To further improve the environment for remittances, we also support progress made by the GPFI with regard to facilitating remittances, including by promoting actions and policies that could lower their costs, while ensuring the quality of remittance services and their impact on local economic development. We welcome the GPFI 2017 Update to Leaders on Progress Towards the G20 Remittance Target and look forward to the revised monitoring template for G20 National Remittances Plans by the end of 2017. We also ask all relevant stakeholders, including IOs, to intensify their support to countries in building domestic capacity to improve the supervisory environment for remittances and correspondent banking, notably through technical assistance.
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We reaffirm our commitment to tackle all sources, techniques and channels of terrorist financing, including extortion, taxation, exploitation of natural resources and antiquities, drug trafficking, bank looting, looting of civilians and cultural property, external donation, and kidnapping for ransom. We call for swift and effective implementation of the FATF standards worldwide.
We welcome the reforms agreed by the FATF Plenary in June to strengthen the governance of the FATF. We also welcome the FATF intention to further explore its transformation into a legal person, which recognises that the FATF has evolved from a temporary forum to a sustained public and political commitment to tackle AML/CFT threats. We ask the FATF to provide an update by the first G20 Finance Ministers and Central Bank Governors meeting in 2018. We appreciate the strengthening of the president's role when engaging with member countries, other stakeholders and the general public. We also appreciate the decision taken by the FATF to open the membership process for Indonesia, that will broaden the geographic representation and global engagement. We underline the importance of strengthening FATF's traction capacity and enhancing effectiveness of the network of FATF and FATF-style regional bodies. We call on all member states to ensure that the FATF has the necessary resources and support to effectively fulfil its mandate. We call on the IMF, the WBG and other relevant actors to continue capacity building in the area of AML/CFT.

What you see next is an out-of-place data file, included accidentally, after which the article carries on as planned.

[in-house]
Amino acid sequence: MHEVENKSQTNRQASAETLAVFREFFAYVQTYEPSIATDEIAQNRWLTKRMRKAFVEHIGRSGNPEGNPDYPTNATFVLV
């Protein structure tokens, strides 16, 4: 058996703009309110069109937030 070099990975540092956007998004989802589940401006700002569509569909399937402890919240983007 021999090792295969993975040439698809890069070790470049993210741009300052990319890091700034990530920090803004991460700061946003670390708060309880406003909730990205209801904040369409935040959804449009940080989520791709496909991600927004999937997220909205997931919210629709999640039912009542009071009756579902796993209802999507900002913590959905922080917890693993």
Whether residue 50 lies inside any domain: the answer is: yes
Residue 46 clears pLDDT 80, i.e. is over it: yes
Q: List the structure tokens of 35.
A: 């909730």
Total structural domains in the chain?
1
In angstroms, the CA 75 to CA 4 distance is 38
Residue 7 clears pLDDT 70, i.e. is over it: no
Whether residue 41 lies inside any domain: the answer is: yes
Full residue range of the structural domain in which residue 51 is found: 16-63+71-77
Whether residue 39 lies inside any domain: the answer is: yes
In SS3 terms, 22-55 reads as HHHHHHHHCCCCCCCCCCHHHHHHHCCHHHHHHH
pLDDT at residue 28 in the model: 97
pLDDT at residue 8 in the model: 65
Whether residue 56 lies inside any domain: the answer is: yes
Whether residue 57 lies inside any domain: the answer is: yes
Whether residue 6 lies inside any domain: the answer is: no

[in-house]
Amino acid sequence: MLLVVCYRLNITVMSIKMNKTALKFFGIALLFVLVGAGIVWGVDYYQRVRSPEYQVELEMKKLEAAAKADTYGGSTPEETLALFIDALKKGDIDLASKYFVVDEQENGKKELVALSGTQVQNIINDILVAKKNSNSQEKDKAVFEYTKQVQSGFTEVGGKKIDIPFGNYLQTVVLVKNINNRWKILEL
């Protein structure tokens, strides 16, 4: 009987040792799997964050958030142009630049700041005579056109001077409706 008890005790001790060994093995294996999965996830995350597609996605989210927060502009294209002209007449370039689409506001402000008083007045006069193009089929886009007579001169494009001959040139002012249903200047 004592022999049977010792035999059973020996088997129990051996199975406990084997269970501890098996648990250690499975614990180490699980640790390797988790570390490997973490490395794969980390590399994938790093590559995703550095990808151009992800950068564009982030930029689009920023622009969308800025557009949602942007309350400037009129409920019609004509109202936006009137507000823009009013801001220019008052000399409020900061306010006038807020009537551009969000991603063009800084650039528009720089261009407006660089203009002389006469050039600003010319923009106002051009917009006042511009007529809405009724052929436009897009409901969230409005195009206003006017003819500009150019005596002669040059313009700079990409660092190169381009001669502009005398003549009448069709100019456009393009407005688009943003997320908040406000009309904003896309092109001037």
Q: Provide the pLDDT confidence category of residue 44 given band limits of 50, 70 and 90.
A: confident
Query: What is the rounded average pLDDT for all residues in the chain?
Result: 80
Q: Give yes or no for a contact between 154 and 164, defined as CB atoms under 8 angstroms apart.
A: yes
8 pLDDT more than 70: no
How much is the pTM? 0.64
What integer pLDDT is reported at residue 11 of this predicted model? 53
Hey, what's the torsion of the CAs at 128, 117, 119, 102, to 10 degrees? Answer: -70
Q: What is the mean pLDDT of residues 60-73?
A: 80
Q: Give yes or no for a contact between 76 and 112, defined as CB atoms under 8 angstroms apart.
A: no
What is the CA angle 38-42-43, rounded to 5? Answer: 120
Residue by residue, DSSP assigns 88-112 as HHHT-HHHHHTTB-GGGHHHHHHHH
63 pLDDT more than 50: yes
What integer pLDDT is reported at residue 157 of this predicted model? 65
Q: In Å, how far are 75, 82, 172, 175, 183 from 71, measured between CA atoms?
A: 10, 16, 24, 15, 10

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We reaffirm our commitment to rationalise and phase out, over the medium term, inefficient fossil fuel subsidies that encourage wasteful consumption, recognising the need to support the poor. Furthermore, we encourage all G20 countries which have not yet done so, to initiate as soon as feasible a peer review of inefficient fossil fuel subsidies that encourage wasteful consumption.
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We welcome the recommendations of the Inter Agency Group on Economic and Financial Statistics (IAG) for sharing and accessibility of granular data. We look forward to the joint report of the FSB and IMF on the overall progress of the Data Gaps Initiative by the G20 Finance Ministers and Central Bank Governors meeting at the October 2017 G20 Meeting. We also welcome the work of the IMF in consultation with the FSB and the BIS to promote information sharing by compiling a country-reported, publicly available macroprudential policy database, building on the IMF's existing infrastructure.
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Source: Official website of the German G20 presidency